Video on the Witch-trials of the middle ages
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Today we are going to go through a brief history of the witch trials. Let’s start from the beginning. Before Salem and before even the European trials. The Middle ages were a time of political turmoil, deadly diseases, weaponised religion and fear. Christian doctrine considered the belief in witches a pagan superstition and denied their existence.
In the 13th century Thomas Aquinas a Catholic priest and scholar (and probably others like him) laid the foundation of “collaborations with the devil” and acquiring supernatural powers. This got traction among theologians and fear and panic grew.
In 1233, a papal bull by Gregory XI set up a new branch of the inquisition against heretics to be led by the Dominican Order. This evolved to include witches because they were thought to consort with the devil, who rewarded them with supernatural powers. Witch phobic doctrinal views continued during the early 15th century following the Valais witch trials in 1428.
Things got serious when on December 1484, Pope Innocent VIII issued another papal bull authorizing the systematic persecution of witches and magicians in Germany. This bull actually recognised the existence of witches and declared it heresy to believe otherwise. This resulted in a witch hunt that spread terror, paranoia and violence for centuries.
Enter Malleus Maleficarum a book by by Heinrich Kramer – a German priest and inquisitor. This is 1486 – the Gutenburg printing press had recently been invented in Germany and Kramer used it prodigiously to popularise his work, which talked about the threat that witches posed and how to exterminate them.
The period of the European witch trials, with the largest number of fatalities, seems to have occurred between 1560 and 1630. Of note were the Berwick Witch Trials in 1590, in Scotland during which 70 people (mostly women) were rounded up and tortured. King James VI of Scotland (who later became James I of England and Ireland) got involved because he developed a fear of witches when his trip to Denmark to collect his new bride was marred with storms. He set up a royal commission to hunt witches, recommending torture when interrogating suspects and even wrote a book called Daemonologie, which detailed the threats witches posed to society. During the first half of the 17th century many other witch trials were conducted in the UK and Europe, resulting in the hangings of about 50,000 people 80% of whom were women (not including unofficial lynching of accused witches). There were regional differences in the hysteria and panic toward witches even in Europe itself. France and the Holy Roman Empire had more witch-phobia and Italy and Spain had less. In England, torture was rare; permitted only when authorized by the monarch. And 81 torture warrants were issued throughout the history of the trials. But the death toll in Scotland dwarfed that of England. Reasons for this paranoia have been attributed to war, crop failure, disease famine, Catholic and Protestant conflict and a general disregard for women. Furthermore, 1300 to 1850 was a period known as Little Ice Age with low rainfall and freezing temperatures leading to food shortages.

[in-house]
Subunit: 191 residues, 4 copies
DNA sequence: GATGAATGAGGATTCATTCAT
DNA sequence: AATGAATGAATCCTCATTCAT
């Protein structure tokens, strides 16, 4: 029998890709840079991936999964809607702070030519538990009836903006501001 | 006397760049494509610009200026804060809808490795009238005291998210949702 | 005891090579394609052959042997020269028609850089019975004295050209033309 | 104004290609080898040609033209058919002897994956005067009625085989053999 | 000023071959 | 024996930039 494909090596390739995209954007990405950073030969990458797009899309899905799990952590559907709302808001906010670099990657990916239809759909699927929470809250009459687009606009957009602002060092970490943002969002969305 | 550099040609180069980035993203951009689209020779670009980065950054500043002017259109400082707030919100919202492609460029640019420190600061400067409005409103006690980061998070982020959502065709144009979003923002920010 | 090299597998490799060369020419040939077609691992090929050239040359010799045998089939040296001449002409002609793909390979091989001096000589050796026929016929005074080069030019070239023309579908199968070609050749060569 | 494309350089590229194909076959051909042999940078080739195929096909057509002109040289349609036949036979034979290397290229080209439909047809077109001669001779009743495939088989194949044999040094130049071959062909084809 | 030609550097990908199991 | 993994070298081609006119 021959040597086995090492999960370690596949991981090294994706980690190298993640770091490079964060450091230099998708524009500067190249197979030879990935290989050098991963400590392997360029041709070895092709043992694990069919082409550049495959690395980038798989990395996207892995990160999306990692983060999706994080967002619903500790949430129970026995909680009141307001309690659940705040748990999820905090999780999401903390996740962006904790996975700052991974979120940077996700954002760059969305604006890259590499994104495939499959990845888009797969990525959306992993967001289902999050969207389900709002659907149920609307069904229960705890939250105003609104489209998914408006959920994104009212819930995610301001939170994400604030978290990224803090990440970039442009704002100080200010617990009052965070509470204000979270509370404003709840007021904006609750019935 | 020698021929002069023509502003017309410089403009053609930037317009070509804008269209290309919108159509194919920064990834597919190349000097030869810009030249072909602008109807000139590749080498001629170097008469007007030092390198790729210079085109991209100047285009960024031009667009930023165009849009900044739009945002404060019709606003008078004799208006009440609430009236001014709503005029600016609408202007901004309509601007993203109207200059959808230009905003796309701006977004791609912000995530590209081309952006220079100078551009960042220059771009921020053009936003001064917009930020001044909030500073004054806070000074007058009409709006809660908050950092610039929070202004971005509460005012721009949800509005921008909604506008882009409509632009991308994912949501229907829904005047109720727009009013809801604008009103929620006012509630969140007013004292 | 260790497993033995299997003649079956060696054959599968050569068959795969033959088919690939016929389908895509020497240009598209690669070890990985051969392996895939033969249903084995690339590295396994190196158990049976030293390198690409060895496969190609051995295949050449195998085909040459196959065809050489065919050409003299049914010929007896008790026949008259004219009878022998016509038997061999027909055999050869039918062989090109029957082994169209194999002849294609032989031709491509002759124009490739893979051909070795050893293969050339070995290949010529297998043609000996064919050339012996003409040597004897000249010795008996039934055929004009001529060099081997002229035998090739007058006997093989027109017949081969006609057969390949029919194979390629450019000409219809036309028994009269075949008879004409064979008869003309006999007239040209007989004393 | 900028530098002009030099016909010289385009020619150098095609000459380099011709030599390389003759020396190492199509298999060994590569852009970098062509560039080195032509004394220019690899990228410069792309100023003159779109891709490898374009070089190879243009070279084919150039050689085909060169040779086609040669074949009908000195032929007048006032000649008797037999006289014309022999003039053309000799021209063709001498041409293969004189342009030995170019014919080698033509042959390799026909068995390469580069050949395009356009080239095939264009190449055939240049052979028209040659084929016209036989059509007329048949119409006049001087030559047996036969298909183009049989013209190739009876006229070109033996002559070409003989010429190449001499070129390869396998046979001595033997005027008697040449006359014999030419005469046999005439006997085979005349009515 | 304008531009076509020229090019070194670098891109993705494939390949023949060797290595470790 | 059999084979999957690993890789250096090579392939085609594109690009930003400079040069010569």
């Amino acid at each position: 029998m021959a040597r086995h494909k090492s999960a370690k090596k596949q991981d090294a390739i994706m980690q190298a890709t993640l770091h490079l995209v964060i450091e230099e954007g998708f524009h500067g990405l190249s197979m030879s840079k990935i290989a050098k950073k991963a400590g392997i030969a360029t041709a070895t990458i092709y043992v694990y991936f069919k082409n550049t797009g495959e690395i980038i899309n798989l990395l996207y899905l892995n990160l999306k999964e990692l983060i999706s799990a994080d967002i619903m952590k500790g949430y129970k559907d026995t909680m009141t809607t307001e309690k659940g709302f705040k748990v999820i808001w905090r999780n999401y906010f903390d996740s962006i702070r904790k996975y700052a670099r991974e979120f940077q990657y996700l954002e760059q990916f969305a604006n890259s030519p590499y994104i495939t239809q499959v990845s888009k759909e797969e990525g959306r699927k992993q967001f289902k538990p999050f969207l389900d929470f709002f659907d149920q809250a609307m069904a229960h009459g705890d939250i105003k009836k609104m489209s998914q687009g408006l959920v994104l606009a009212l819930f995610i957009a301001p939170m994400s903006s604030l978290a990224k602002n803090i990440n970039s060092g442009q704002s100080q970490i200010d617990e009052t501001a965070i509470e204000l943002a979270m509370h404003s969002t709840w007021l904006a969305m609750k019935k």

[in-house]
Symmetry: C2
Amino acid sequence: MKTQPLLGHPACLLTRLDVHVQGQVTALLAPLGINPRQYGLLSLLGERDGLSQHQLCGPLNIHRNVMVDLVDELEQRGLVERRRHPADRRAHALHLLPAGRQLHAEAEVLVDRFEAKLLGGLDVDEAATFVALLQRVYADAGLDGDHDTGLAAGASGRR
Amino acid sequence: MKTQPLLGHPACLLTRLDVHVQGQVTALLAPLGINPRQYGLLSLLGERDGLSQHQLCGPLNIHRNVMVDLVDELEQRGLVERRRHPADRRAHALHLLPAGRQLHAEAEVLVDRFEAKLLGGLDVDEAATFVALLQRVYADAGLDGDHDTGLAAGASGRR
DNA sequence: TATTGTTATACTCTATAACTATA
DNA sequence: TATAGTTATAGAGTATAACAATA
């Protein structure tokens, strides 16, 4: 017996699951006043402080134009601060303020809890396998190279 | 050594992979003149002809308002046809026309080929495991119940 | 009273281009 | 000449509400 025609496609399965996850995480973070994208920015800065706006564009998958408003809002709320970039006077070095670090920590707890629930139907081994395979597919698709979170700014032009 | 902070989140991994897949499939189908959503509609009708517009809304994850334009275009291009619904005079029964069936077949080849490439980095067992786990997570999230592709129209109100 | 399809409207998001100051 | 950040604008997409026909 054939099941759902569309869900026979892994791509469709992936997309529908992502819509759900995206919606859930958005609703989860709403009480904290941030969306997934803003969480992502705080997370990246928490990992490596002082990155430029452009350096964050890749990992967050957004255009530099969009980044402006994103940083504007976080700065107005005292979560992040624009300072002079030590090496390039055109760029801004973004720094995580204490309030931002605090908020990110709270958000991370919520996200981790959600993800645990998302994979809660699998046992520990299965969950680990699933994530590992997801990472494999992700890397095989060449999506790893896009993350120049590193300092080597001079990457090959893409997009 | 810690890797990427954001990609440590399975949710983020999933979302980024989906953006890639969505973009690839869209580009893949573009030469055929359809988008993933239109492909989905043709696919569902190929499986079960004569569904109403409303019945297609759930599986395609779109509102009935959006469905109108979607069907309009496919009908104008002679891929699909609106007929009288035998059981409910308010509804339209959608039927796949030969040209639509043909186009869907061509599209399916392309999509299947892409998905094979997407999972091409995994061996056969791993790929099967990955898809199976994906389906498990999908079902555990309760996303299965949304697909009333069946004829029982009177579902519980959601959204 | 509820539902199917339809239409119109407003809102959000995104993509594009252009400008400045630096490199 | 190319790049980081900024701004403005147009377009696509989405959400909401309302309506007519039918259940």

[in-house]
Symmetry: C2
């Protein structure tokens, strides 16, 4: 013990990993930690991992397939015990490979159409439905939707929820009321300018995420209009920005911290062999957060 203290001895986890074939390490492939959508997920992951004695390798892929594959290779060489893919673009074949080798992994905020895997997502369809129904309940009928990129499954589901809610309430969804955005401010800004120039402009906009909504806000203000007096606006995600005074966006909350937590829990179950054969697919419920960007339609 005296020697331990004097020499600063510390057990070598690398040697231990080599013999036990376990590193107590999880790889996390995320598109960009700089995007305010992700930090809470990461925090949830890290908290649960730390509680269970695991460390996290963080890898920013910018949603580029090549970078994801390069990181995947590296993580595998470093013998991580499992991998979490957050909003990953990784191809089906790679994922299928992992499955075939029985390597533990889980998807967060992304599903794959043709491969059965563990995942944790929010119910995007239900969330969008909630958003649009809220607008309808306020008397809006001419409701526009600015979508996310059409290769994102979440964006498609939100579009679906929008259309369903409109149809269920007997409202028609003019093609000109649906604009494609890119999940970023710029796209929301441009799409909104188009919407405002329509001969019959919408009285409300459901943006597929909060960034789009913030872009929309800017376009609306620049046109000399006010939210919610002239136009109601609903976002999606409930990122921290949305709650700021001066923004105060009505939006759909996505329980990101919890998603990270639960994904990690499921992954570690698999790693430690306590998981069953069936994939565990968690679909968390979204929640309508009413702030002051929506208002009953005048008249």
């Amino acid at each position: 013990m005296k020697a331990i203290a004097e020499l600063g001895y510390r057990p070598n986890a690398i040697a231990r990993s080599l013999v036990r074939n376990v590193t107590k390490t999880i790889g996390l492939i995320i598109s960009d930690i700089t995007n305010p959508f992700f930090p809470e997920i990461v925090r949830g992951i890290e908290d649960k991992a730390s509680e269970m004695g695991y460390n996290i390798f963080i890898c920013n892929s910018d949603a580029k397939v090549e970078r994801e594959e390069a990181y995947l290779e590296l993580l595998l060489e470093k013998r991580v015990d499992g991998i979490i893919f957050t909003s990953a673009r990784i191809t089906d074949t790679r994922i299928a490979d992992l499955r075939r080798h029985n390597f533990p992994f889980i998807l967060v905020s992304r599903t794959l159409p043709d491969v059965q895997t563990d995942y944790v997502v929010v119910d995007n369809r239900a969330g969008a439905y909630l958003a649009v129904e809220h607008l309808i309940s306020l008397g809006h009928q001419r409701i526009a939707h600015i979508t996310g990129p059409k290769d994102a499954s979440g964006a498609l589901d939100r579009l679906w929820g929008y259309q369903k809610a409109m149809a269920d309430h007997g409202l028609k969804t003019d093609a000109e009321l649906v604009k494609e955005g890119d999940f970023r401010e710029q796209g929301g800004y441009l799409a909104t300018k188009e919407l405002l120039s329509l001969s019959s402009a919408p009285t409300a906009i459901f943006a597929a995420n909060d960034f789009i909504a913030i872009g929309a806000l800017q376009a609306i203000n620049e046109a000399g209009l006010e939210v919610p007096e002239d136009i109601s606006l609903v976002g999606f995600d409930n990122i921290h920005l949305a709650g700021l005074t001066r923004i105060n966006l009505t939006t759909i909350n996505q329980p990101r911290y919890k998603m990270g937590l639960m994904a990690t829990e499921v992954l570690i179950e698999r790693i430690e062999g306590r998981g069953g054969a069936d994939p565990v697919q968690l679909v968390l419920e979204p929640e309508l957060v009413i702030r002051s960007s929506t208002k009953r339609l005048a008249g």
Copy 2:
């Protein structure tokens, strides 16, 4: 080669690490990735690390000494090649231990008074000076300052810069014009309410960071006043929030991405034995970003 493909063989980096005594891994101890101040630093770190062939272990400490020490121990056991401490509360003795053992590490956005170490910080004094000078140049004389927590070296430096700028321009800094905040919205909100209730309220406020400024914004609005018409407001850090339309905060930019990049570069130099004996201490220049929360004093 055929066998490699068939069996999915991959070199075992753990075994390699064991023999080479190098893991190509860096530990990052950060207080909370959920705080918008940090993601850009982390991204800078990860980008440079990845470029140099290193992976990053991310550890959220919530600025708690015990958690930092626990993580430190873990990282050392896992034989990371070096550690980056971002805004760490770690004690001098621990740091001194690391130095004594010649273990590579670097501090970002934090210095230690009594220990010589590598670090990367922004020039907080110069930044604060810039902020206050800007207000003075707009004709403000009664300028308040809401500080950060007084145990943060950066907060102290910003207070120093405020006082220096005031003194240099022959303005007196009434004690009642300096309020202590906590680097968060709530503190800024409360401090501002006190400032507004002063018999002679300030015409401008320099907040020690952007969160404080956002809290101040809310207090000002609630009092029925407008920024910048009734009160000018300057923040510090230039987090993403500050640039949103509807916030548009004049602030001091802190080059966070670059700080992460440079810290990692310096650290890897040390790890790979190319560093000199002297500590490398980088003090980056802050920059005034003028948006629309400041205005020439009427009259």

During a trial a series of questions were asked of the accused, commonly by church officials and invasive medical examination were conducted where surgeons and midwives would examine the accused’s bodies for evidence of witches’ marks. The Old Testament’s book of Exodus (22:18) states, “Thou shalt not permit a sorceress to live” spurred on the hysteria and many faced capital punishment for witchcraft, either by burning at the stake, hanging, or beheading.
Throughout this hysteria, there was always skepticism regarding the existence of witches. The difficulty in proving witchcraft according to the newly developing legal process led to a decrease in trials. The late 17th and early 18th century were also a period when enlightenment values were taking hold. Witch trials therefore started to fade out in Europe from mid 17th century.
But they continued in the fringes of Europe and the American colonies: which brings us to the Puritan village of Salem, Massachusetts. A harsh life, expounded by British war with France, a small pox epidemic, fear of Native Americans, and rivalry between the townspeople led to the famous witch trials, which began during spring of 1692. A group of young girls claimed to be possessed by the devil & accused several local women of witchcraft. A special court was convened.
9-year-old Elizabeth (Betty) Parris and 11-year-old Abigail Williams (the daughter and niece of Samuel Parris, minister of Salem Village) began having fits, including violent contortions and uncontrollable outbursts of screaming. They were considered to be bewitched and Tituba a Caribbean slave and three others were blamed. Hysteria spread and others were accused.
The first convicted “witch” was Bridget Bishop who was hanged in June 1692. Eighteen others followed Bishop to Salem’s Gallows Hill, while some 150 more men, women and children were accused over the next several months. By September 1692, the hysteria had begun to die down and public opinion turned against the trials.
Belief in witchcraft has been shown to have similarities in societies throughout the world. It presents a framework to explain the occurrence of otherwise random events such as sickness or death, and the witch or sorcerer personifies evil. Witch trials continue in contemporary times in many areas in the Americas, Africa and Asia, particularly in Papua New Guinea, India, Nepal, and Saudi Arabia.
Title music: Hovering Thoughts by Spence (YouTube Music Archive)
Main Music: The Future Ancient Now by Nathan Moore (Youtube Music Archive)
All images Public Domain/ Creative Commons